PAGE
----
EMC, Dimension Data Form Hybrid Cloud 'Catalyst Alliance'

EMC and Dimension Data have formed the "Catalyst Alliance," a four-year initiative designed to accelerate hybrid cloud offerings for midsize enterprise customers that have between $1 billion and $7 billion in annual revenue.

The pact, announced Wednesday, is billed as a way for EMC and Dimension Data to jointly market and sell comprehensive hybrid cloud solutions, including storage and managed services, using a pay-for-consumption model, and allowing EMC customers to "burst" to Dimension Data's public cloud.

The alliance is an important move for EMC to retain as much installed base as possible, TBR analyst Geoff Woollacott told CRN, especially during a "massively disruptive time in the industry." It also underlines the pressure EMC is under to compete with Microsoft, Amazon Web Services and cloud innovators that are not beholden to an expensive, hardware-centric legacy business model.

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Arnold Bennett, director of sales, North America, for Wakefield, Mass.-based EMC partner Northern, drove that point home.

"EMC still seems convinced that there will be a need for on-premise storage," Bennett said. "If you buy into that strategy, then this is a solid move for EMC."

However, Bennett has seen the other side of that argument firsthand.

"We have a large customer that will move several petabytes of storage to the cloud next year on the AWS Cloud," Bennet said. "We know that EMC has forecasted $2 million in new hardware sales for that customer next year, and that just isn't going to happen."

Andres Rodriguez, founder and CEO of EMC competitor Nasuni, said the Catalyst Alliance gives EMC the opportunity to prove to customers that it can compete in the cloud with Amazon or Microsoft.

"This partnership goes all the way to how EMC is going to license its technology as a cloud-like offering," Rodriguez told CRN.

"Amazon and Microsoft are not running EMC or traditional tech in their data centers. They're running automated software that can scale and can use commodity hardware. It doesn't need the same ratio of IT managers," Rodriguez said.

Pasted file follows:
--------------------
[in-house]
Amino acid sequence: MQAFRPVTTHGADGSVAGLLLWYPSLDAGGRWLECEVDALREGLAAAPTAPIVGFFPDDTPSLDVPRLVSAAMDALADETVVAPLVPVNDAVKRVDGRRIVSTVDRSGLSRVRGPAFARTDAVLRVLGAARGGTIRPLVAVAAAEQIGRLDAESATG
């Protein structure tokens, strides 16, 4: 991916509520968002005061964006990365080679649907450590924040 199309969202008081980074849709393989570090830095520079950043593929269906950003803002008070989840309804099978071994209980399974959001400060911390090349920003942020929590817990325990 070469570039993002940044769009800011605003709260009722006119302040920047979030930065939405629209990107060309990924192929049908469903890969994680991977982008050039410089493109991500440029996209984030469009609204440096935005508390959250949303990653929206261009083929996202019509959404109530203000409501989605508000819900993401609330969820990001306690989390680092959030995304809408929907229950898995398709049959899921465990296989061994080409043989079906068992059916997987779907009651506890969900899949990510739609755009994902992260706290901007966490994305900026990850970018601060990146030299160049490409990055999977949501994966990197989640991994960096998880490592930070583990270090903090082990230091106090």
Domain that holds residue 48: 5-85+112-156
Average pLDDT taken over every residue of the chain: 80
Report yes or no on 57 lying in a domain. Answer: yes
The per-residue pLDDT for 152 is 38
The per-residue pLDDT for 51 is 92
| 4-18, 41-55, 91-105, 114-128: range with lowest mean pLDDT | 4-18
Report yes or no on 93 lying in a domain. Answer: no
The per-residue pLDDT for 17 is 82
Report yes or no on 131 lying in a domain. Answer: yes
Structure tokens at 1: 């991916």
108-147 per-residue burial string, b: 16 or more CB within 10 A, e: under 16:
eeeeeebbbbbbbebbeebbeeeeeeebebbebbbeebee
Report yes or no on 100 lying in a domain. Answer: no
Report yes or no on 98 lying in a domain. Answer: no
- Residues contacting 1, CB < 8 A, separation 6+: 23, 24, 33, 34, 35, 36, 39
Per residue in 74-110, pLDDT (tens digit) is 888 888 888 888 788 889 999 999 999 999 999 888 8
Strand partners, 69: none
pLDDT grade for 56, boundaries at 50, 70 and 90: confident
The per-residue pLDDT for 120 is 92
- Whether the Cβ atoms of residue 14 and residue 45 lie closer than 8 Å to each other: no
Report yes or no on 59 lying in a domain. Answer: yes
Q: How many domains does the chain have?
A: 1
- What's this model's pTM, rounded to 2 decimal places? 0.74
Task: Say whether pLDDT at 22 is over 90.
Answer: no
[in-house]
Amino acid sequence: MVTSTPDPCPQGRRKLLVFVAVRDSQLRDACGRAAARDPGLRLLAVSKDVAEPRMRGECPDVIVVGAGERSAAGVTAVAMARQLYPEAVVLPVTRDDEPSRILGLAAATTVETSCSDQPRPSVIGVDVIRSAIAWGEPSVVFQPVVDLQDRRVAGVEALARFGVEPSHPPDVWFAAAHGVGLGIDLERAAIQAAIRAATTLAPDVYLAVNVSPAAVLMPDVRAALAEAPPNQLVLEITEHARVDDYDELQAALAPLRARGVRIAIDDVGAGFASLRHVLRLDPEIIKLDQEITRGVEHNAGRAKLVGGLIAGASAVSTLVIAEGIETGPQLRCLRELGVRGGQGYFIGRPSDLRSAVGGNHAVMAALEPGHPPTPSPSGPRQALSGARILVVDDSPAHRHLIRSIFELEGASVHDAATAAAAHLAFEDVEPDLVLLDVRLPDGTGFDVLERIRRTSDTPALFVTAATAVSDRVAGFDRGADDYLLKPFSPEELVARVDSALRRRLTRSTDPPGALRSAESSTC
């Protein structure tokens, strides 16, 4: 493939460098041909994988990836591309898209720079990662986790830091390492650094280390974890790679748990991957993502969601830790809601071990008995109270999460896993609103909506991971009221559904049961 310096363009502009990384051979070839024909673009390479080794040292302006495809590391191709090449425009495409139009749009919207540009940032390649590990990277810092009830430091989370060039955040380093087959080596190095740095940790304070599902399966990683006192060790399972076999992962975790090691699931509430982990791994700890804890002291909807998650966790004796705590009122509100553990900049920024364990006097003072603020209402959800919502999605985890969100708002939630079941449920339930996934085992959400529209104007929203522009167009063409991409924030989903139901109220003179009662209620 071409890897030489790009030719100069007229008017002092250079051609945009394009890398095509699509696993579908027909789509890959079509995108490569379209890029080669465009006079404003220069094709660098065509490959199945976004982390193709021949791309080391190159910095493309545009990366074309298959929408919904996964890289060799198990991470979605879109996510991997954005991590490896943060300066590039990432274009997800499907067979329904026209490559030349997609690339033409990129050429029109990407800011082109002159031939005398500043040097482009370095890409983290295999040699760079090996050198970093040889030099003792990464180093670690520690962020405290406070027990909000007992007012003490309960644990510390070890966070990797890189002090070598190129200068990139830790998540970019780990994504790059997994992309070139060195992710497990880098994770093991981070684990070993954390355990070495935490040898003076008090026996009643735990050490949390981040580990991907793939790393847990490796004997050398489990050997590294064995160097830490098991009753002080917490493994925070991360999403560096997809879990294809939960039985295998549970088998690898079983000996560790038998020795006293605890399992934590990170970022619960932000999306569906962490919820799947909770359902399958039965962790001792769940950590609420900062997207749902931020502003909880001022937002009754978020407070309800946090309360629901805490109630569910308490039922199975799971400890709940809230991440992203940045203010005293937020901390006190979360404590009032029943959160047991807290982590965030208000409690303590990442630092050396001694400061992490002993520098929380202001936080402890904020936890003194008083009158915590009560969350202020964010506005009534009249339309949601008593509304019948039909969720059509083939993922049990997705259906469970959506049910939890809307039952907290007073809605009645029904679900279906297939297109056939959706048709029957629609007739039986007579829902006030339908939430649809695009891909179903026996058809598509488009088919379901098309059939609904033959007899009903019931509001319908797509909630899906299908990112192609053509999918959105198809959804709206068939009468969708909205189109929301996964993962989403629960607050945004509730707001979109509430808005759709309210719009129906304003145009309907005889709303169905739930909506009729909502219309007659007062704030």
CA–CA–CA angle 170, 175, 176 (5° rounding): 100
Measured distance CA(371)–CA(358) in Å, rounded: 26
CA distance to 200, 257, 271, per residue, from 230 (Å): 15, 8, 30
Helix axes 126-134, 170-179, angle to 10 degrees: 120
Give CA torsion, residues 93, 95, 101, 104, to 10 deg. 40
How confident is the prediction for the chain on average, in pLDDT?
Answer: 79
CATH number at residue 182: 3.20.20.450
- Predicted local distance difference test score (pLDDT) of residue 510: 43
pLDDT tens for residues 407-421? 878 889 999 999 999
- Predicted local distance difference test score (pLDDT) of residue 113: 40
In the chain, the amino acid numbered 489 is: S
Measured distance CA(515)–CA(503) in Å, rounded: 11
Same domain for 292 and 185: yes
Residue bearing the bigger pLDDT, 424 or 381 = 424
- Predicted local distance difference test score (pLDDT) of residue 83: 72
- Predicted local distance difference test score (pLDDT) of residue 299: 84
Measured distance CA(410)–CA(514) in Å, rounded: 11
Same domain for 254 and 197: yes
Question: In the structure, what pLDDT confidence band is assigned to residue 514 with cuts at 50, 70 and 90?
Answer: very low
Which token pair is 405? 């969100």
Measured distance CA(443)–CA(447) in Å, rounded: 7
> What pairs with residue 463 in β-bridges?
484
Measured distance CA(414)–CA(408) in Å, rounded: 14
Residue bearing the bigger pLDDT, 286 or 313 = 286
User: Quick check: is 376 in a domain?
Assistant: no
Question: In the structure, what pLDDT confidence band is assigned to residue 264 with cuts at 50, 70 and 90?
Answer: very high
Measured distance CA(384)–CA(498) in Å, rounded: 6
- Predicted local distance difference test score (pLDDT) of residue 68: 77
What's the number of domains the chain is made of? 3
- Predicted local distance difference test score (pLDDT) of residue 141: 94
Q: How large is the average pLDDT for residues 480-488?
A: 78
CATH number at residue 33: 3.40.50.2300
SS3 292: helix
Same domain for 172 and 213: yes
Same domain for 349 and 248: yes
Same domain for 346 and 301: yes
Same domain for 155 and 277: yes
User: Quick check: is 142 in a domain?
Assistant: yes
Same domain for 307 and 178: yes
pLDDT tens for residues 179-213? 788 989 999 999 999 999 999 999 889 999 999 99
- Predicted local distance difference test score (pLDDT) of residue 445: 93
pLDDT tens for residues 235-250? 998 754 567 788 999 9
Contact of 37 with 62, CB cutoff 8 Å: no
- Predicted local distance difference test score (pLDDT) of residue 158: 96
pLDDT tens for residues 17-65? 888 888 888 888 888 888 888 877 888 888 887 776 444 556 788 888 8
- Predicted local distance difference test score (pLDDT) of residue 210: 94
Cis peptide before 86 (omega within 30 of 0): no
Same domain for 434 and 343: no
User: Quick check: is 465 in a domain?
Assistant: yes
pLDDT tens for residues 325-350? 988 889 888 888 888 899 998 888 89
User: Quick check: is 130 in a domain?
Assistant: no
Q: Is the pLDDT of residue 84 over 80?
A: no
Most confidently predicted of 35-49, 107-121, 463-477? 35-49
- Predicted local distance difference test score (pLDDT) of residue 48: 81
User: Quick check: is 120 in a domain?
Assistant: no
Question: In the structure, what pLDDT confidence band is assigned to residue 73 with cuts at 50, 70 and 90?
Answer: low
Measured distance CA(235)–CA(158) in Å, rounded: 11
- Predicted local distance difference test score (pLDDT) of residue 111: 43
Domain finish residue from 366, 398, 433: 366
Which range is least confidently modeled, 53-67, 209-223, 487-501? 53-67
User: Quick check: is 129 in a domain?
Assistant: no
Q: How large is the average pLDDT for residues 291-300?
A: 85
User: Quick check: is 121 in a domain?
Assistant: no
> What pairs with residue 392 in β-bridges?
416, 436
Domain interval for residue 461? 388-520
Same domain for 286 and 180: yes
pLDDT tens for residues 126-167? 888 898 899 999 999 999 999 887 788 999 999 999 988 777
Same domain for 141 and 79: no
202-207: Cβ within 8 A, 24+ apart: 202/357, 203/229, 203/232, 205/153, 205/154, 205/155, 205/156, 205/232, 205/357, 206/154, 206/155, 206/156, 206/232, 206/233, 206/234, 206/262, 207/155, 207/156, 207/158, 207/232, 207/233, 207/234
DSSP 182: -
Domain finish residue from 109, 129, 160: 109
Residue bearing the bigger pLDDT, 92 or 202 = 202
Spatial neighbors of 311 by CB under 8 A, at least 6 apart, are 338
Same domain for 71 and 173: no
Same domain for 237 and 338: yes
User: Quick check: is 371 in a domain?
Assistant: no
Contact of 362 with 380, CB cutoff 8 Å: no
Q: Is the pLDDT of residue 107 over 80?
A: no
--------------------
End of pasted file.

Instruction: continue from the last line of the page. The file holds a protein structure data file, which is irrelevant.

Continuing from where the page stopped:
"EMC, like all traditional vendors, is just starved for being able to show themselves as relevant in the world of the cloud. It's a lot of pressure they're feeling," Rodriguez said. Customers aren't fools. They can do the math. They know how much they'll consume three years from now, and they're going to fight you. There's pressure to change the model and lower the overall cost with real commodity in the hardware layer and real scale provided by the software layer. The traditional guys stumble on the hardware layer."

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Still, the Catalyst Alliance doesn't mark the commoditization of EMC, said Kevin Leahy, Dimension Data's group general manager for data center solutions.

"It's the opposite of commoditization," Leahy told CRN. "We work with clients, and they need the ability to work in a hybrid environment. The expectation is quite different from commodity, but they want to consume it in a way that matches that."

Through the alliance, Dimension Data and EMC plan to deliver solutions across private cloud, either on- or off-premise, public cloud and hybrid cloud, all combined with managed services for storage. Pricing will be flexible and consumption-based, and the two companies have assembled a team of sales, tech and marketing specialists tasked with aligning customer workloads with appropriate solutions, the companies said.

Joint offerings include Private Cloud Enterprise Edition with Dimension Data Cloud Control; EMC's Enterprise Hybrid Cloud bursting to Dimension Data public cloud; managed services for storage incorporating EMC's ViPR controller; and VCE's Vblock.

In the future, the alliance plans to offer storage-as-a-service, disaster recovery as-a-service and backup-as-as-service, as well as federated private cloud.

Jay Snyder, EMC senior vice president of global strategic alliances, told CRN the alliance helps EMC get out ahead of customers who haven't made a move toward cloud yet, as well as customers that may move away from EMC as they move toward public cloud solutions.

"For a lot of folks, this is where they need to go, and they've been asking for this, and for other customers, they've been asking for this, and they've been putting pressure on us to meet this market," Snyder said. "It really depends on the customer you're talking to. You try to respond, try to foreshadow, and you can be way ahead of them, or they can be saying, 'it's about time.'"